A synthetic gene encoding an optimized PA protein (PAop) was created by modifying the codon sequence of the wild-type PA gene for optimal expression in gram-negative bacteria. A total of 148 codons were modified for optimal codon utilization, which resulted in no change in the amino acid sequence of the encoded protein. Separately, the resistance of PA to proteolytic degradation was enhanced by replacing the furin cleavage site RKKR167 with SNKE167 and by eliminating a chymotrypsin cleavage site via deletion of FF314 and a substitution at position 308, E308D (32, 36) (see the supplemental material for sequence details).
Recombinant expression vector construction. (i) Generation of lpp, htrA, and nirB promoter regions and fusion to genes encoding PA.
The htrA promoter region was PCR amplified from S. enterica serovar Typhi strain Ty21a genomic DNA using 5′ and 3′ end primers containing HindIII and NdeI restriction sites, respectively. The 3′ NdeI primer includes a strong Shine-Dalgarno sequence (AGGAG) cloned just upstream of the PA ATG codon. The optimized synthetic gene encoding mature PA was used for expression in the Ty21a host. This gene was flanked by an NdeI restriction site at the start codon and by a BamHI site after the stop codon. Both the htrA promoter region and the gene encoding PAop were cloned (three-way ligation) into the HindIII and BamHI restriction sites of plasmid pGB-2 to create plasmid pHtrA-PAop. A synthetic nirB promoter was created by Taq polymerase extension of two 55-bp annealed oligonucleotides containing a complementary 20-bp region at their 3′ ends. The 90-bp product was then PCR amplified using oligonucleotide primers introducing HindIII (5′) and NdeI (3′) restriction sites. This product, together with the PAop gene with sticky NdeI (5′) and BamHI (3′) ends, was then cloned into the HindIII and BamHI restriction sites of plasmid pGB-2, generating plasmid pNirB-PAop. An optimized lpp promoter (13) and an enhanced Shine-Dalgarno sequence were added on to the 5′ end of the gene encoding PAop by sequential extension of this gene via two successive PCR amplifications that resulted in a complete lpp promoter fused to the PAop gene. This product was then cloned into the HindIII and BamHI sites of pGB-2, generating plasmid pLpp-PAop. The resulting recombinant products were initially transformed into E. coli XL-1 Blue for amplification and maintenance.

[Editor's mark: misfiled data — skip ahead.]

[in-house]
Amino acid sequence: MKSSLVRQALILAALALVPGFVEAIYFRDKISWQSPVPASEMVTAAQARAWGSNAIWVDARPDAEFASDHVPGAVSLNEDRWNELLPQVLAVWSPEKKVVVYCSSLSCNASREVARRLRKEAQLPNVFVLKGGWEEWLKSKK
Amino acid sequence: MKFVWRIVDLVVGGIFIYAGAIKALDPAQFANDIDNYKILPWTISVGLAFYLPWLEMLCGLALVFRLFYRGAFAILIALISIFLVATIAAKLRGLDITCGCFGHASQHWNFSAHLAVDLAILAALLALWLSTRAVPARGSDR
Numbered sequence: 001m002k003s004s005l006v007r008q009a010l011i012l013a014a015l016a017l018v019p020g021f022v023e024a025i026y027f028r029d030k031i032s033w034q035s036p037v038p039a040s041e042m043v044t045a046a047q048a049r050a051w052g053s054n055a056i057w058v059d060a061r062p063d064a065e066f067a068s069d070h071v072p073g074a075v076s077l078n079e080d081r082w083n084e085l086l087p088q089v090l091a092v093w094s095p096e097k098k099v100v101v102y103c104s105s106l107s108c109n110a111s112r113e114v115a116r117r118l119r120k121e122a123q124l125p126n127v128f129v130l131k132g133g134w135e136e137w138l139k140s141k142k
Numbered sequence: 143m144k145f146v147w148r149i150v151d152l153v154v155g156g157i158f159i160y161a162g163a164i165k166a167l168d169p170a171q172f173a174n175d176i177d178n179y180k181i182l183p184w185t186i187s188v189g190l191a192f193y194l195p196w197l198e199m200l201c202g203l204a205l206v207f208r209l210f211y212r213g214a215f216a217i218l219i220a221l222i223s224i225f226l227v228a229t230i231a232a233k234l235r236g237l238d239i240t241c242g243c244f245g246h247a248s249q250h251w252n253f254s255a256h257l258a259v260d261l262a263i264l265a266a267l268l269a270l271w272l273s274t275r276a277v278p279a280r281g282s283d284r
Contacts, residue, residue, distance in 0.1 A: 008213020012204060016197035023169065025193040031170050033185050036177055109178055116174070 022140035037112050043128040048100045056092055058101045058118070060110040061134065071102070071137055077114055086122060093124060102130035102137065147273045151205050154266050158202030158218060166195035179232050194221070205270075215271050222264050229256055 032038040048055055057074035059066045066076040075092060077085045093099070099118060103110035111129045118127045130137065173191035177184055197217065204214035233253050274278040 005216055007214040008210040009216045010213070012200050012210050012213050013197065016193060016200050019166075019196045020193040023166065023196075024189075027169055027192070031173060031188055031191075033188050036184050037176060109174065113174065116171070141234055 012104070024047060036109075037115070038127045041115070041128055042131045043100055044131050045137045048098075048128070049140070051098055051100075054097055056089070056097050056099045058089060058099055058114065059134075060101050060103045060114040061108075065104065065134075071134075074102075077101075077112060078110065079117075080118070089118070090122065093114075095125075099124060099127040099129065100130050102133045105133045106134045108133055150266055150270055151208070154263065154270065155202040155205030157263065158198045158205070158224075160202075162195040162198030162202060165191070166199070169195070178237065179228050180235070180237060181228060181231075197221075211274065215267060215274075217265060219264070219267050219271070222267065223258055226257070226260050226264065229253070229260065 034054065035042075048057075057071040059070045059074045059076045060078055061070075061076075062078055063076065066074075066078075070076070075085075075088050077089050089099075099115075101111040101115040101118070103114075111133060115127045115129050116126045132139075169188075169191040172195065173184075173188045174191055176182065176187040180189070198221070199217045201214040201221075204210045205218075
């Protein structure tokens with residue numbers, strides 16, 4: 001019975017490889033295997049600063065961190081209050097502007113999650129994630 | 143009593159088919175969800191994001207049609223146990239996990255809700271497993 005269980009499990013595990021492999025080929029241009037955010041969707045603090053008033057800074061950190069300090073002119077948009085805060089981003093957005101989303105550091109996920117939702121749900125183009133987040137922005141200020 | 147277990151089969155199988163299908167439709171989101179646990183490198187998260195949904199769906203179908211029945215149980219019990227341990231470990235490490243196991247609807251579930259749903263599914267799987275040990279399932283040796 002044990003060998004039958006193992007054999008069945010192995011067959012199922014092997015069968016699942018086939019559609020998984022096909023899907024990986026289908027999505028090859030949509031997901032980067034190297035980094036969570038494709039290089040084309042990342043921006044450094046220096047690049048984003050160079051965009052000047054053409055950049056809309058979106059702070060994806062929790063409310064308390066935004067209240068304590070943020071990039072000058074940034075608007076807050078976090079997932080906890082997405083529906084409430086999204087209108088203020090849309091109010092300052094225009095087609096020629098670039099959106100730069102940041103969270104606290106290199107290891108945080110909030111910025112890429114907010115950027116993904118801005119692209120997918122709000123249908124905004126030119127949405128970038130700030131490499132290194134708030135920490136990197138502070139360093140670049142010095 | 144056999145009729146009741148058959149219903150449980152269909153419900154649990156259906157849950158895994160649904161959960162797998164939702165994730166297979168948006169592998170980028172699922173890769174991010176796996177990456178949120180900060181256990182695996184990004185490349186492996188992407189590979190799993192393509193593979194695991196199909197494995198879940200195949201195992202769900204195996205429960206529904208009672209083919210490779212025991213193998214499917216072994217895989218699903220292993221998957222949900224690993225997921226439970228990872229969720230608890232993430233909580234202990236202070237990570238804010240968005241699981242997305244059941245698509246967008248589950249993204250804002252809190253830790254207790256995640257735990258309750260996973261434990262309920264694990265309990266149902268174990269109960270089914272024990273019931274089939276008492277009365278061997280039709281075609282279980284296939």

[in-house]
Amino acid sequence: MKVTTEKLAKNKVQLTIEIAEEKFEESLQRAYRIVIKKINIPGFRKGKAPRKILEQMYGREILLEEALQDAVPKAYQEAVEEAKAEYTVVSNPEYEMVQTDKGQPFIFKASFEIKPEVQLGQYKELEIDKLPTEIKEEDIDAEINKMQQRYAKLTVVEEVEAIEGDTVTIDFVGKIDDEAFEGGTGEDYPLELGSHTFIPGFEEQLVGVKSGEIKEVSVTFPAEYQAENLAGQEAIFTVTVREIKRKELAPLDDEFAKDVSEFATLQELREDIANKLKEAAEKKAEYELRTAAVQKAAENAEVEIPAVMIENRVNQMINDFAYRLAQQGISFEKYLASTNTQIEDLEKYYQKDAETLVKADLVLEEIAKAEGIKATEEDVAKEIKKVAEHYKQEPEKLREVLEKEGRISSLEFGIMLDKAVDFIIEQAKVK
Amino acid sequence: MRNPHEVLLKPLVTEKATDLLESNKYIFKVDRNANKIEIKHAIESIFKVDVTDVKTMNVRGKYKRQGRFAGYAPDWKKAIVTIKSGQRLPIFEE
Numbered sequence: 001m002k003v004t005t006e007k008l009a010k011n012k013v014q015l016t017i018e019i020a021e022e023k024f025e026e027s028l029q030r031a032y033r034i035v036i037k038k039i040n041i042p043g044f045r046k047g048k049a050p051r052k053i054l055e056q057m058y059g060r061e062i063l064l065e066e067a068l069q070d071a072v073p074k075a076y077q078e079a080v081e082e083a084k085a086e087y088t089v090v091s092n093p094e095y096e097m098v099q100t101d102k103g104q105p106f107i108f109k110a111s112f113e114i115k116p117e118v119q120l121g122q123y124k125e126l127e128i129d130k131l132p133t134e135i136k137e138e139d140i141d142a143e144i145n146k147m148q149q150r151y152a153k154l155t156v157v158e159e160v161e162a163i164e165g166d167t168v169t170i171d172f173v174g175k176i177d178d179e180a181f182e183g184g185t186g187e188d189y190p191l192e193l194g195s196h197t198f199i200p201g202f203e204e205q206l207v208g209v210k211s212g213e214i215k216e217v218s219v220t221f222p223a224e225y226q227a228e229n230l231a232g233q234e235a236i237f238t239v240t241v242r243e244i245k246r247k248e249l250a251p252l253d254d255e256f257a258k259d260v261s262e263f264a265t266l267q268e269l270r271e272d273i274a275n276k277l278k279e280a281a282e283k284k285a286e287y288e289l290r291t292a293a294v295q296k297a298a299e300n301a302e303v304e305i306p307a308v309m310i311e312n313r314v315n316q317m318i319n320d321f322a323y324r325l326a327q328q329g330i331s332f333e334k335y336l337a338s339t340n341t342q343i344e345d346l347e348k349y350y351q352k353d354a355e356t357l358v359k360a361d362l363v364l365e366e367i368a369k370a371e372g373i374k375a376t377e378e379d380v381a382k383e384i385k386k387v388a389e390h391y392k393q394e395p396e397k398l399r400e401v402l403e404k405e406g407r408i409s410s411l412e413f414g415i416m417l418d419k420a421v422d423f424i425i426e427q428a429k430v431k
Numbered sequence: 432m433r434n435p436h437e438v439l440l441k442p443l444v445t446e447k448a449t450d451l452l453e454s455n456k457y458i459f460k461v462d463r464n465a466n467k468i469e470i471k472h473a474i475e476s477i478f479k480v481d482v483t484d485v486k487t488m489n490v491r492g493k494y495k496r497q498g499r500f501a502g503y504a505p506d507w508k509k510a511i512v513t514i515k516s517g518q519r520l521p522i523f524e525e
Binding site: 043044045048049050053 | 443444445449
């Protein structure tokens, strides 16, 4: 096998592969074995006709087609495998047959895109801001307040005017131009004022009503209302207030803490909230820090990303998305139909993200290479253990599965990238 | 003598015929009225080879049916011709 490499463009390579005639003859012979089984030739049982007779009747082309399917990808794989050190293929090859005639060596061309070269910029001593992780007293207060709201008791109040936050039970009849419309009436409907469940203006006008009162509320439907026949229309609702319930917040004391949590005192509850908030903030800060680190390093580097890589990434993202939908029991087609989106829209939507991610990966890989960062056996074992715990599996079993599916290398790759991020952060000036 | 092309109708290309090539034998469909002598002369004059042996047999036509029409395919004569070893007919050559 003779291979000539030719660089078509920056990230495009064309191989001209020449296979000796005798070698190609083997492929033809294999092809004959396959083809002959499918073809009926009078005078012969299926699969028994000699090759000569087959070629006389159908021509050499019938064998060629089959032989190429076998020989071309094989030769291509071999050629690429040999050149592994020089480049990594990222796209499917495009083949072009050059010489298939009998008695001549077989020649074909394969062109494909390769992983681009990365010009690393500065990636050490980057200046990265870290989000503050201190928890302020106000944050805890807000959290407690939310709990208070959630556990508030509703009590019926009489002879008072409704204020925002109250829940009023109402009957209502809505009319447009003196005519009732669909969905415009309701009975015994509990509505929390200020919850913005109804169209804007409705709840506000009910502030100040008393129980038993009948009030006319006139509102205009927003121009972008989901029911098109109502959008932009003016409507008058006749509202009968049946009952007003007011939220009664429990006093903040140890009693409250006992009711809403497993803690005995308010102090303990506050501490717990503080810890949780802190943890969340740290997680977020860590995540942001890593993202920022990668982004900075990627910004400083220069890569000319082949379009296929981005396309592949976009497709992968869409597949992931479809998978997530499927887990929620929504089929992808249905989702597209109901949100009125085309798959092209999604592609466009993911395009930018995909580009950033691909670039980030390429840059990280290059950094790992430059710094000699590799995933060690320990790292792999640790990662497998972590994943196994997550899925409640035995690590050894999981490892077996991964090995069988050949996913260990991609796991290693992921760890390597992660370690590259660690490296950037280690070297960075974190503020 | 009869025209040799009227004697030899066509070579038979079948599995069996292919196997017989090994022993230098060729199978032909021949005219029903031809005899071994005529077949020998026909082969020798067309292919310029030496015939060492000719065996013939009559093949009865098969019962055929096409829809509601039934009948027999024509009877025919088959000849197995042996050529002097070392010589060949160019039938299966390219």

(ii) Construction of plasmid vectors for production of secreted PA.